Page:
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Posted on November 8, 2004 (5765) By Rabbi Aron Tendler | Series: | Level:

In the aftermath of the Akeidah (the binding) Yitzchak entered the Yeshiva of Shem and Ever. Of all the Avos (Patriarchs) Yitzchak spent the least time studying with his great grandparents. Yitzchak was 37 at the time of the Akeidah and he married Rivkah when he was forty. The moment of their first meeting “in the field” was the place where the Akeidah had taken place, which was in the same vicinity as the Yeshiva of Shem and Ever. The verse states that after he married Rivkah he settled his new wife in the tent of his mother in Kiryat Arbeh – Hebron. Presumably, that was when he left the Yeshiva.

I would like to suggest that Yitzchak spent the least time with Shem and Ever because the contribution he was destined to make as an Av (Patriarch) did not require great input from Shem and Ever.

Shem and Ever were wise in the ways of the world and worldly in their understanding and appreciation of G-d. On the other hand, Yitzchak’s wisdom and focus was inward and insular. He did not go looking for the outside world. His encounters with the world were forced upon him and limited to within the borders of Eretz Yisroel (Israel); such as, his first encounter with Avimelech or his later encounters negotiating water rights and treaties. The advantage of studying with Shem and Ever was their profound knowledge of the “Goyim – other nations” and how to influence them toward monotheism. That was not Yitzchak’s focus

Influencing the other nations was not to be Yitzchak’s main concern. Like the future Bais Hamikdash (Temple) and the Kohanim (Priests) who would primarily administer the spiritual needs of the nation, not the outside world, Yitzchak’s contributions were to be toward the strength and determination of his future children, not teaching faith and understanding to the other nations.

Yitzchak learned the lesson of targeted focus and growth from his mother Sarah. Sarah, the great and possibly greatest teacher to ever live, lovingly gave up all other interests so that she could focus her attention on raising Yitzchak. So great was her focus and so on target was her understanding that she was confirmed by G-d as knowing what Yitzchak needed more so than Avraham. “You are to listen to all that Sarah tells you.”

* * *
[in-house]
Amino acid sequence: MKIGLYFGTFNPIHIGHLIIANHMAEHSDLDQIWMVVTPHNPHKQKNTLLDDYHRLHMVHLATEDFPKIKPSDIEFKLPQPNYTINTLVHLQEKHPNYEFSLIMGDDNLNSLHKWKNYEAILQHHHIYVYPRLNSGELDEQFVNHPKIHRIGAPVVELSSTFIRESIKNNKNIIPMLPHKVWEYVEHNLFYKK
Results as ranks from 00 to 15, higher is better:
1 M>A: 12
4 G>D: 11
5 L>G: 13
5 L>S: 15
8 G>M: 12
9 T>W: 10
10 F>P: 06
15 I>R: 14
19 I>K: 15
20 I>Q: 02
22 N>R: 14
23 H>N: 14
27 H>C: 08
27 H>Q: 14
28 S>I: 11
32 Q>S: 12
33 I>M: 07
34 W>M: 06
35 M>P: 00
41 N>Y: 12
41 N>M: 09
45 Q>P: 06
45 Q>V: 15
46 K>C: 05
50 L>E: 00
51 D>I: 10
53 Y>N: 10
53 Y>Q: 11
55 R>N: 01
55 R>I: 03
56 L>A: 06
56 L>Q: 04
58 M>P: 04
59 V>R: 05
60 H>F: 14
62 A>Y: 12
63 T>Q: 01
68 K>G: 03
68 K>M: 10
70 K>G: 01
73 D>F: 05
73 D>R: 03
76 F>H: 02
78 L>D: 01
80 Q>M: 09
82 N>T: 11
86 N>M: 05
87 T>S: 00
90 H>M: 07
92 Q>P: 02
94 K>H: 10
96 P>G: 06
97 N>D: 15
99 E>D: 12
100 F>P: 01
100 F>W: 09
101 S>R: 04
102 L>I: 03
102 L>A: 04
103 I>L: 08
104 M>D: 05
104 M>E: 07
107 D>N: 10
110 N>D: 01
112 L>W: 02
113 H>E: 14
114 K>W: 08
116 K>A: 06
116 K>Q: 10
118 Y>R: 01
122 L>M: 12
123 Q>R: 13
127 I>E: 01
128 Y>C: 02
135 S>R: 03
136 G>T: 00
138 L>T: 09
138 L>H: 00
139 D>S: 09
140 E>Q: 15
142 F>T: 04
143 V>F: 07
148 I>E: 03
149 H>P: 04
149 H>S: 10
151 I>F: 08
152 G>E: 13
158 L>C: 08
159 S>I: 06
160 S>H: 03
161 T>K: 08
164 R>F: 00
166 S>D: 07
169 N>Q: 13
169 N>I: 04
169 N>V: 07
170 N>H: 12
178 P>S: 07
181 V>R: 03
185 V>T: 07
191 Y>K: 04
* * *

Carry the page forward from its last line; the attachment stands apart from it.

In contrast with Yitzchak’s relative isolation, Avraham and Yakov had to confront the outside world and master or survive it.

Avraham mastered the physical world while Yakov survived it. Avraham pursued students wherever they were to be found. Along with Sarah he opened his home and heart to the “souls that he made in Charan.”

Yakov was no less involved in teaching the word of G-d; however, he had greater familial responsibilities than Avraham. Yakov was responsible for raising his thirteen children. First he had to survive the murderous intents of Eisav. He then had to survive the insidious intrigues of Lavan. He then had to confront and out-negotiate a much older, stronger, and sophisticated Eisav. But always his main focus was raising and protecting his children.

1. Next week’s Parsha begins with Yakov asking, “Please return me whole to the house of my father.” The Talmud comments that the meaning of “whole” is, “With all my children committed to carrying out the mission of the Jewish people.”

2. When Yakov fled from Lavan at the end of next week’s Parsha, Yakov did so because the children were getting older (Reuven was 12) and more susceptible to Lavan’s influence.

3. In Parshas Vayishlach Yakov refused to join forces with Eisav because “the children are young.” His reasons were not age oriented as much as their lack of readiness to withstand the lure of Eisav’s overwhelming materialism.

Avraham needed to be wise in the ways of the world. He needed to know how the rest of the world thought and what they feared. He needed to know how to inspire them and strengthen their personal resolve to be G-dly. Despite his own background as a Baal Teshuva (one who returns to G-d), Avraham turned to the experts, Shem and Ever for those lessons. Granted, as a Baal Teshuva he understood the pagan mindset and the process of change but he also recognized that he and Sarah were unique. They were both seekers of the truth who were motivated to rethink societal norms and beliefs. As such they were ready to receive the truth and change accordingly. The rest of the world was different. Most were content living their lives with foolishness and hypocrisy so long as it did not unduly interfere with their pursuit of worldly possessions and pleasure. Influencing the majority was the real challenge. For that he turned to grandfathers far more experienced and learned.